For some reason, it’s the women who suffer most in Zemeckis’ movie that is somehow trying to convey the message that women are the best. In a film that stars Diane Kruger, Janelle Monae, Leslie Mann, and Merrit Wever, their use here is confusing and befuddled.  In the film, Mark uses over-sexualised dolls that move like a stiff femme fatale of 1940 movies and garble trilobites at him during imagined warfare. There is even one point here one of the dolls, a plastic re-imagining of the hobby store clerk Roberta, who cares for Mark, is topless for a whole sequence. This bizarre obsession with the slinky sexiness of the dolls turns the film into an infantile adventure where  Zemeckis even casts his own wife as a porn star.

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Steve Carrell is a brilliant dramatic actor but even here he seems out of place. At points randomly screaming whilst thriving on the floor, his awkward and socially inept Mark falters because of this weird attempt to schmaltz him up for a big Hollywood inspirational story. Despite having most of the screen time with Hogancamp, it feels as though we barely get to know him as a character because we’re either deviating to the dolls again or Steve Carrell is shouting. It feels as though the intricacy of Maimberg’s documentary is lost and this now fictional realization of Hogancamp is a cheesy and shallow attempt at a Hollywood-style telling.

The movie is a mess. Instead of focusing on how Mark uses his art to , the film blends the fantasy and the trauma in such a haphazard manner that it is one of the weirdest films you’ll ever see. Nothing truly works here; each element at odds with one another: the actual horror that Mark went through is mislaid for a hammy romantic subplot, the actual aid those around him offered him is misused with the doll vignettes, and the actual effects of PTSD are waylaid and mismanaged.

Welcome to Marwen is an oddity and a movie that does a hefty disservice to Mark Hogancamp and the journey he went through.

Welcome to Marwen is out in cinemas now. 

Roma – Review

Alfonso Cuaron is a masterful filmmaker. His glorious work transcends decades, genres, and communities – boundless in his intricate intimacy. From Y Tu Mamma Tambien to Gravity (with a magical pit stop at Harry Potter,) Cuaron has shifted and shaped genres with his stunning work. Now he brings us Roma – a truly astonishing piece of work.

The film, semi-based on his own experiences, revolves around Mexico City in 1970 and 1971. It focuses on maid Cleo who works with an affluent family alongside other maid Adela. Head of the family is couple Sofia and Antonio, who are slowly going through a painful divorce and are keen to keep it from their three boisterous children. Cleo is also having a relationship with a young man and the film flows through snapshots of their lives all the while a rebellion is forming in the background.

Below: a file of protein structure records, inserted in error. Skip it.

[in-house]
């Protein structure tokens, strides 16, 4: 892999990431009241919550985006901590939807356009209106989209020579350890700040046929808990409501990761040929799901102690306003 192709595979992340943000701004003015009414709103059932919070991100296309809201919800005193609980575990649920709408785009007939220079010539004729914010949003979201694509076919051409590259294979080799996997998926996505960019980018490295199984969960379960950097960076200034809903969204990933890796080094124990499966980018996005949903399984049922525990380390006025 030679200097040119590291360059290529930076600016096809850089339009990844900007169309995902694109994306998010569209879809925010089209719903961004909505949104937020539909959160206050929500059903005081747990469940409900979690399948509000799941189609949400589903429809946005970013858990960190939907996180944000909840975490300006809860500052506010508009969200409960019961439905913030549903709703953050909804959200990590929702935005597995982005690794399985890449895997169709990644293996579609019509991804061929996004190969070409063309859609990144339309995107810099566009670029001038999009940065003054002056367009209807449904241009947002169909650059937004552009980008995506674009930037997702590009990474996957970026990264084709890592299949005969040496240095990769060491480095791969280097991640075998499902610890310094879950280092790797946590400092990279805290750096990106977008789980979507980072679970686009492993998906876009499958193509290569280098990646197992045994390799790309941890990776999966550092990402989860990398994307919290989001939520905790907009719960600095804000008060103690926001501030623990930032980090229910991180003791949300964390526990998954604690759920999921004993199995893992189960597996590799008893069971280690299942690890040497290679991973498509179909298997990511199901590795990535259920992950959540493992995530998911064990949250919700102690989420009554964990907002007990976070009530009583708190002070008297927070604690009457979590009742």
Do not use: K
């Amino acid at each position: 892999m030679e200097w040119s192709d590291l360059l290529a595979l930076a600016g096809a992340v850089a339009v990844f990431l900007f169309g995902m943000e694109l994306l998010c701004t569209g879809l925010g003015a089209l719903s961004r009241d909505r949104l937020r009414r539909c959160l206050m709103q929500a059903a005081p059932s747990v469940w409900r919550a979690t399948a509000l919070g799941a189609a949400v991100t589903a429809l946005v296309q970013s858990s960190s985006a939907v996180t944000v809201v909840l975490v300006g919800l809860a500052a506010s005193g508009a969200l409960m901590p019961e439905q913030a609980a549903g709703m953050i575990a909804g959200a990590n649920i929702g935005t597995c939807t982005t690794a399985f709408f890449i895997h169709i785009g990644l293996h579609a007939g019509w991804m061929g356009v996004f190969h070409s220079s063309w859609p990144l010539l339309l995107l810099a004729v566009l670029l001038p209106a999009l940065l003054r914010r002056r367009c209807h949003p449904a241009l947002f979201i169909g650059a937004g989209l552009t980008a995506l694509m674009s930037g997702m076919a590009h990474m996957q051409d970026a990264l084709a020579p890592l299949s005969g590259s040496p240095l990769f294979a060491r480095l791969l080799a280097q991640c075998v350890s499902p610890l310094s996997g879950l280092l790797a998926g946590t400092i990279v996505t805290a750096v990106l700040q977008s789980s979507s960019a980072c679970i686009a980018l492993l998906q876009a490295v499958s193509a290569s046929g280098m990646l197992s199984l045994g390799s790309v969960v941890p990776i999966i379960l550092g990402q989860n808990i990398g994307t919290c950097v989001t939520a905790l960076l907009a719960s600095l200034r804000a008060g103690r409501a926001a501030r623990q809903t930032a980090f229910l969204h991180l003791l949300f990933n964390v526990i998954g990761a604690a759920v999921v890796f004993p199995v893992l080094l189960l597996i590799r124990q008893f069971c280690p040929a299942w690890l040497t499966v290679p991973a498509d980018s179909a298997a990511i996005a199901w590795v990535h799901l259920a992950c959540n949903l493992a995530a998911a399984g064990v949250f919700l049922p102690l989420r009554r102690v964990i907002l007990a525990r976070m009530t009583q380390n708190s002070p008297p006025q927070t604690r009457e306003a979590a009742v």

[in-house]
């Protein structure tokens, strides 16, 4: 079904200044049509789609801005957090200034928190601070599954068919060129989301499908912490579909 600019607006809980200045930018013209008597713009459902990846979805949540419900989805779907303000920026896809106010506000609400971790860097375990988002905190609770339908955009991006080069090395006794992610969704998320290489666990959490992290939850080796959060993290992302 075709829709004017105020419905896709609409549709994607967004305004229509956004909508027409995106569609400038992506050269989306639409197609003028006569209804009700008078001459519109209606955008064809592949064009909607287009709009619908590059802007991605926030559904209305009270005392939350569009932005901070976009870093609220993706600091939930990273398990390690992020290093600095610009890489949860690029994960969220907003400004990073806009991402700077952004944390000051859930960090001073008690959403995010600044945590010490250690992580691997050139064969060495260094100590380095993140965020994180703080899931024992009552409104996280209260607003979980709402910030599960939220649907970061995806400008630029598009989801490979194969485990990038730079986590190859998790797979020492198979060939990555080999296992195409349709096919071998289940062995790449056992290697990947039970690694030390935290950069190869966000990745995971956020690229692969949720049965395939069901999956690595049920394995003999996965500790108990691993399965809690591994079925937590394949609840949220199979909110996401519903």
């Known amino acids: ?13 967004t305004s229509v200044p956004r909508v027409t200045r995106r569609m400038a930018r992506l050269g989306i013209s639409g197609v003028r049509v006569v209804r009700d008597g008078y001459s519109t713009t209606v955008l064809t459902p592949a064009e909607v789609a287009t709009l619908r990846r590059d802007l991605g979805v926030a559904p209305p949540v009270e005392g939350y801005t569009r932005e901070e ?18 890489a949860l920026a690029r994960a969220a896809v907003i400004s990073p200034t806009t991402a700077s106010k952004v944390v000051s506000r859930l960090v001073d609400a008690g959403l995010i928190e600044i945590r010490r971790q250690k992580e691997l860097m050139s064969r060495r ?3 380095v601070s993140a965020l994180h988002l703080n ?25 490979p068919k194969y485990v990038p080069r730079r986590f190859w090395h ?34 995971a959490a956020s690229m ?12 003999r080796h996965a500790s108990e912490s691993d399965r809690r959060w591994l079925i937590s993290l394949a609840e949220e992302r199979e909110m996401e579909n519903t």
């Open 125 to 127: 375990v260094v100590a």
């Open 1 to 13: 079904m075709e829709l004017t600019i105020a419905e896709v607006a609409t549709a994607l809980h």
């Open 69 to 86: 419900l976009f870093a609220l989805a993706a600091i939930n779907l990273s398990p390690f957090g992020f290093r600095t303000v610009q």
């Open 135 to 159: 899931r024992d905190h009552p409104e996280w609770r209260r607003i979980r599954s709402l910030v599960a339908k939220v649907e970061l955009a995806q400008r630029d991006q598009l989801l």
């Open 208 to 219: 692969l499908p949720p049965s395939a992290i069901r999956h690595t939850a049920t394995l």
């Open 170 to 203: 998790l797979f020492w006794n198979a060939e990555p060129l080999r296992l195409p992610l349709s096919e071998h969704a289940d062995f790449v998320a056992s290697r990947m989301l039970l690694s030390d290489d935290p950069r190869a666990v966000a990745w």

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Roma is one of those films that has been constantly spoken about since it bounced around film festivals and many a (more accomplished) critic has tackled the beast with fervent glee and adoration. It’s hard to follow those review. It’s also hard to come up with better words that aren’t just “stunning,” “breath-taking,” and “perfect” all over again. The hysteria around Roma is warranted – it’s absolutely one of the most enchanting pieces of cinema around.

Cuaron strips back to the mechanics of family life, told from the point of view of “the help.” Played with stellar naturalism by Yalitza Aparicio, an apparent acting novice, Cleo is this lovely and complex woman who has a kind nature that is boxed in by the world around her. As a live-in maid, she rarely has a moment of respite before she is washing the copious amounts of faeces of the drive-way or cleaning away the children’s tornado-like lives. Aparicio goes through grief and anguish and the work is excellent. It’s surprising this film is mostly improvisation, these non-actors bring an intimacy to these characters that is unparalleled with a lot of films here.

The choice to shoot primarily in black and white is a bold choice and yet the absence of colour only enhances the vibrancy of Cleo and her world. Cuaron produces some impeccable shots and framing devices that will burn forever in your mind. Even if it is the first watery reflection of a plane overhead, mirrored in a later shot, or a burning shrubbery on fire that causes a wayward man to bellow songs. Cuaron has delicately and beautifully conducted one of the most visually appeasing movies that is redolent in its exquisite nature – burning into your mind with such a haunting presence.

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Roma has sparked off the Netflix verses cinema debate. There are those who vehemently believe that this stirring piece of art needs to be seen on the big screen. True, there are visuals here that call out for the big screen, moving with an equally captured audience. But Netflix’s cinematic release has eschewed the film to only a small set of screenings in the capital – it isn’t entirely possible for all of us to see it on a big screen.

It’s funny. This is a film so structured in its portrayal of glass, whether it is the encompassing house with its crooked flat attached or a woman cleaning up the mess of a whirlwind rich family who then criticise the mess. It’s absurd that people who take away from this film a snobby attitude about where people watch the movie – negating how limited and expensive those screenings are. True, I have fallen prey to this behaviour and if you can see Roma in a big screen, then watch Roma in a big screen. However, your experience is not lesser at home.

Regardless of how you see it, I cannot stress this enough – just see it. Turn off your phones, your lights, and snuggle in with a cup of tea just to absorb everything that Cuaron has poured into the story here. The intimacy, the texture, and the spirit of the film will surely capture you no matter the capacity that you watch it in.

Roma is out in select cinemas today. 
It hits Netflix on 14th December!